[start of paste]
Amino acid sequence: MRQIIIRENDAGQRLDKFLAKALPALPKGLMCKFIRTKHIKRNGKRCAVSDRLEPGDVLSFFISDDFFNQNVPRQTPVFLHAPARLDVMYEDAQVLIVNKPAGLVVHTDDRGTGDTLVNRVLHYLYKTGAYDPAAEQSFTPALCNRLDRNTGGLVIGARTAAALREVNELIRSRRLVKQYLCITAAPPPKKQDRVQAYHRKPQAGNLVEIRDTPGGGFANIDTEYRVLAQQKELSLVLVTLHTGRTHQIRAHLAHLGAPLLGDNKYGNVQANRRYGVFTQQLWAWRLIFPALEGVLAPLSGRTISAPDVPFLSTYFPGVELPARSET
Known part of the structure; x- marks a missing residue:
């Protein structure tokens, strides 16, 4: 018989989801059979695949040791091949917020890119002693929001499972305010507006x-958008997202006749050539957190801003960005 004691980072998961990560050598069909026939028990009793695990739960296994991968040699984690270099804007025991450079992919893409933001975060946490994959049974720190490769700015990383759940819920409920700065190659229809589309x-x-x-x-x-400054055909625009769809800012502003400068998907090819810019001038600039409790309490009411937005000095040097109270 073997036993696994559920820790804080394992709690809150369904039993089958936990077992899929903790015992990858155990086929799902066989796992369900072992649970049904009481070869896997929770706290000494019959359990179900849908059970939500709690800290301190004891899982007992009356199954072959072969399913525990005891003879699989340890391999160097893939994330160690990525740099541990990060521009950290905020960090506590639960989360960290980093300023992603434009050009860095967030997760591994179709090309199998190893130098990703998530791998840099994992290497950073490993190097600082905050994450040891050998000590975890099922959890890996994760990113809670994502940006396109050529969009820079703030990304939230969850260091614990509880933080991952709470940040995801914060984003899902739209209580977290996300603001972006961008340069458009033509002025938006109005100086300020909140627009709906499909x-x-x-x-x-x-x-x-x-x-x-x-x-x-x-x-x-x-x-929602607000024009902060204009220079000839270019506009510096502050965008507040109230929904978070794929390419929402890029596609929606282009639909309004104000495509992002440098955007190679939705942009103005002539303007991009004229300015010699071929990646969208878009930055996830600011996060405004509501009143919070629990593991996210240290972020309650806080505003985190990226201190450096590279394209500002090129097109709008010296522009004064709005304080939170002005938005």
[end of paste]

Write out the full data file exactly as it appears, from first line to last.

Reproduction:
Amino acid sequence: MRQIIIRENDAGQRLDKFLAKALPALPKGLMCKFIRTKHIKRNGKRCAVSDRLEPGDVLSFFISDDFFNQNVPRQTPVFLHAPARLDVMYEDAQVLIVNKPAGLVVHTDDRGTGDTLVNRVLHYLYKTGAYDPAAEQSFTPALCNRLDRNTGGLVIGARTAAALREVNELIRSRRLVKQYLCITAAPPPKKQDRVQAYHRKPQAGNLVEIRDTPGGGFANIDTEYRVLAQQKELSLVLVTLHTGRTHQIRAHLAHLGAPLLGDNKYGNVQANRRYGVFTQQLWAWRLIFPALEGVLAPLSGRTISAPDVPFLSTYFPGVELPARSET
Known part of the structure; x- marks a missing residue:
């Protein structure tokens, strides 16, 4: 018989989801059979695949040791091949917020890119002693929001499972305010507006x-958008997202006749050539957190801003960005 004691980072998961990560050598069909026939028990009793695990739960296994991968040699984690270099804007025991450079992919893409933001975060946490994959049974720190490769700015990383759940819920409920700065190659229809589309x-x-x-x-x-400054055909625009769809800012502003400068998907090819810019001038600039409790309490009411937005000095040097109270 073997036993696994559920820790804080394992709690809150369904039993089958936990077992899929903790015992990858155990086929799902066989796992369900072992649970049904009481070869896997929770706290000494019959359990179900849908059970939500709690800290301190004891899982007992009356199954072959072969399913525990005891003879699989340890391999160097893939994330160690990525740099541990990060521009950290905020960090506590639960989360960290980093300023992603434009050009860095967030997760591994179709090309199998190893130098990703998530791998840099994992290497950073490993190097600082905050994450040891050998000590975890099922959890890996994760990113809670994502940006396109050529969009820079703030990304939230969850260091614990509880933080991952709470940040995801914060984003899902739209209580977290996300603001972006961008340069458009033509002025938006109005100086300020909140627009709906499909x-x-x-x-x-x-x-x-x-x-x-x-x-x-x-x-x-x-x-929602607000024009902060204009220079000839270019506009510096502050965008507040109230929904978070794929390419929402890029596609929606282009639909309004104000495509992002440098955007190679939705942009103005002539303007991009004229300015010699071929990646969208878009930055996830600011996060405004509501009143919070629990593991996210240290972020309650806080505003985190990226201190450096590279394209500002090129097109709008010296522009004064709005304080939170002005938005």